Source: purchased from Amazon
Formats available: paperback, ebook
Genres: science fiction, space opera
Published by Tordotcom on September 5, 2017
Purchasing Info: Author's Website, Publisher's Website, Amazon, Barnes & Noble, Kobo, Bookshop.org, Better World Books
The first humans still hunt their children across the stars. Dave Hutchinson brings far future science fiction on a grand scale in Acadie.
The Colony left Earth to find their utopia--a home on a new planet where their leader could fully explore the colonists' genetic potential, unfettered by their homeworld's restrictions. They settled a new paradise, and have been evolving and adapting for centuries.
Earth has other plans.
The original humans have been tracking their descendants across the stars, bent on their annihilation. They won't stop until the new humans have been destroyed, their experimentation wiped out of the human gene pool.
Can't anyone let go of a grudge anymore?
“I think, therefore I am,” or so goes the quote from French philosopher René Descartes. But Descartes lived in the 17th century, well before the popularity of science fiction. In Acadie, the quote needs to be a question, “I think, therefore I am, what?”
Duke Faraday thinks that he is the president of a renegade colony of genetic researchers and tinkerers who made him president because he wanted the job the least. And he knows he’s pissed off because his admin/majordomo/minder has just woken him up too damned early on his day off because there’s a crisis.
And his desk is where the buck stops. Even if his so-called desk is generally parked in a bar – and there are no bucks of any kind on The Colony. (Unless the scientists who really run things have genetically engineered something since he went to bed the night before.)
The Colony is filled with a bunch of renegade scientists who are still paranoid about the Earth that they escaped from five centuries before. They left with a ship full of kidnapped colonists, an overabundance of genius and a complete lack of willingness to stop experimenting with the human genome – and any other they can get their gloved hands on – no matter how many people, organizations, and even governments tell them “no”.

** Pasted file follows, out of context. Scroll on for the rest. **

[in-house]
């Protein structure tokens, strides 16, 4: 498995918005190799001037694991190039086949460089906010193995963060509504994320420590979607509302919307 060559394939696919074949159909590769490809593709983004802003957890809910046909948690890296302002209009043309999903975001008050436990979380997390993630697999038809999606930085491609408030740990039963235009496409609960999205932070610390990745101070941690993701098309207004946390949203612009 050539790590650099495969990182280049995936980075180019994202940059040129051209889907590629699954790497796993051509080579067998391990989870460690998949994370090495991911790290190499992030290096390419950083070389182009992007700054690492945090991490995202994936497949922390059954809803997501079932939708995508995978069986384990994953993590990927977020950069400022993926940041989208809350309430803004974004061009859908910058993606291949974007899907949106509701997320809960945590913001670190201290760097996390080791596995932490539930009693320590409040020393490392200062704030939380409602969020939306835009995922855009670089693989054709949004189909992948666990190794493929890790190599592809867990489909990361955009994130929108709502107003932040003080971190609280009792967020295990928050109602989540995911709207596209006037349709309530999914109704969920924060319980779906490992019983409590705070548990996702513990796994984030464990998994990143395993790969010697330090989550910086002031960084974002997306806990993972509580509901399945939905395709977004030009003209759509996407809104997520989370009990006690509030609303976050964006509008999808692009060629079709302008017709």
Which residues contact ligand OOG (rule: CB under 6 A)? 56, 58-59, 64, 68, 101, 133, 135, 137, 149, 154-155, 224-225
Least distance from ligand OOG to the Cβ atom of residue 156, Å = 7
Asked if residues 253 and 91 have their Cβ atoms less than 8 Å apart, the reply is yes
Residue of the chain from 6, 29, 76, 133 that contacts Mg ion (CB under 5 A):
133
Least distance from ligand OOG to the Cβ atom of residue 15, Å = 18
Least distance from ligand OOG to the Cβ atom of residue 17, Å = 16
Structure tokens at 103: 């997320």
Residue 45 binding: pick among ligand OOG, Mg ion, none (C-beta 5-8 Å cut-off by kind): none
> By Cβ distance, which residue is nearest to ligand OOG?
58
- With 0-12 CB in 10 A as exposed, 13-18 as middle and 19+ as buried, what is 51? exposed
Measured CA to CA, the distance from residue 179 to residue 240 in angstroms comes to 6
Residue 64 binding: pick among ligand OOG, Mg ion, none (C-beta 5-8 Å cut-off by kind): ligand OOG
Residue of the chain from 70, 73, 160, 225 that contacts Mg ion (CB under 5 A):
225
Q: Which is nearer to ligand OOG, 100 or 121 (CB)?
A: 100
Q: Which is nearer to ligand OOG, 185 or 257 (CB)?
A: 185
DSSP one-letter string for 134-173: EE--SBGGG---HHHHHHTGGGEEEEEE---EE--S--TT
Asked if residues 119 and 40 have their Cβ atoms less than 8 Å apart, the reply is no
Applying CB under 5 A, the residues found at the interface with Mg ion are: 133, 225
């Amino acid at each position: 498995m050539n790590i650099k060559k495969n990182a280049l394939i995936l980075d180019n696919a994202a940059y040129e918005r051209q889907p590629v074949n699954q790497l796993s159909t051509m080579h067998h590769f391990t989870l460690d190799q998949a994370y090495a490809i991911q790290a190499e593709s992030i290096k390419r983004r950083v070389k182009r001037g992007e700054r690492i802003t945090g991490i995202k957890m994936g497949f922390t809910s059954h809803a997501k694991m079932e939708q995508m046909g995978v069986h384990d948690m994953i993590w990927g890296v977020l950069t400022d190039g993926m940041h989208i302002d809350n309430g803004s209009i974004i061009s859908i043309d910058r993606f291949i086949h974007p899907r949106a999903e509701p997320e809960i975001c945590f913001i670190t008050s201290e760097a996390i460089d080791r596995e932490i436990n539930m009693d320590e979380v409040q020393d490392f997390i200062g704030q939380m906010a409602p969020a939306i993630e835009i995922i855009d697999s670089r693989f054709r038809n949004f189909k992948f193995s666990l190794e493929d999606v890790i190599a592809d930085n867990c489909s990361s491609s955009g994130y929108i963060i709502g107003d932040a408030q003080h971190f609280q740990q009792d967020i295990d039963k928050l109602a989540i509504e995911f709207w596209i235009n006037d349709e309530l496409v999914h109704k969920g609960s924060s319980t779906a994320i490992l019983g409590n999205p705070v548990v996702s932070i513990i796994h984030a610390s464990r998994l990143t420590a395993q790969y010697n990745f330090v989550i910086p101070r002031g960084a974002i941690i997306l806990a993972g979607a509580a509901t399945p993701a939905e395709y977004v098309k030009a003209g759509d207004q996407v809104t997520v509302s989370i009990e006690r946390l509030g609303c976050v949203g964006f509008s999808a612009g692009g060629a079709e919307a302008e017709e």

So when a trigger-happy pilot brings down what is obviously a probe from the Earth they left behind, it’s all-hands-on-deck to bug out before Earth returns to take whatever fancy tech their geniuses have invented and bring home any survivors from that original hijacking back for trial.
Everyone gets away except for Duke and his “Dirty Dozen” of advisors who are left to look after the last of the technology clean-up. They are sitting ducks for the next Earth probe that comes along, and come along it does.
Duke thinks he’s holding the line against a rapacious colonization agency that likes to cut corners and doesn’t care how much collateral damage it does along the way. After all, that’s how he ended up in the Colony in the first place.
But the pilot of the probe has a different idea about his mission, and Duke’s, altogether. An idea that just might turn Duke’s entire universe on its head – or bust his wide open.
Escape Rating A-: At first, the tone of Acadie and its protagonist reminded me more than a bit of Heinlein by way of Scalzi. The way that the entire Colony pulled itself together to escape the threat had some of the feel of The Moon is a Harsh Mistress, although I should have been thinking more of The Man Who Sold the Moon, which is as much of a hint as I’m giving.
The Colony as a form of government, a working utopia, an escape hatch, all of the above, seems like a fascinating place. The idea that the person elected president is the one who wants it the least honestly seems like an idea that might have merit and broader application. (And also adds to that Heinlein-like feeling. I keep thinking that sounds like something he would have said, but I can’t find a citation so maybe not.)
That the real powers-that-be are the scientists, possibly even the mad scientists, who escaped from Earth’s laws and proceeded to write their own and the human genome at the same time certainly does make the story interesting. And picturesque, as the scientists, called ‘The Writers’ because they rewrite the genome seemingly at a whim, often mine popular culture through the ages for their material and their whimsy.
As has been pointed out elsewhere, the habitats that the Colony uses are one of the very few, if not the ONLY, beneficial uses of that plague of the South, kudzu, that has ever appeared in fiction.
So the story hums along, seemingly about a plucky band of scientists and other colonists doing their best to stay out of the clutches of the evil – or at least benighted – bureaucrats from Earth. We’re rooting for them and we’re sure they’ve found the right answers.
They are too.
But at the end, the whole story turns itself upside down, twists itself inside out, and spits the reader out of the book kicking and screaming, wondering what the hell went wrong. And it’s upsetting and glorious all at the same time.
(Reviewer’s Note: I’m on the horns of a dilemma here because of the brevity of the story versus the price of the book. On the one hand, this is only 112 pages. It’s a novella. On the other hand, the kindle version is $7.99 which is a bit much for the length. And on the third hand, because of that kick in the pants ending, I’m not sure this actually should have been longer. If Amazon is still selling used copies of the paperback at $1.50 that might be a better bet or at least a better cost/benefit ratio. YMMV)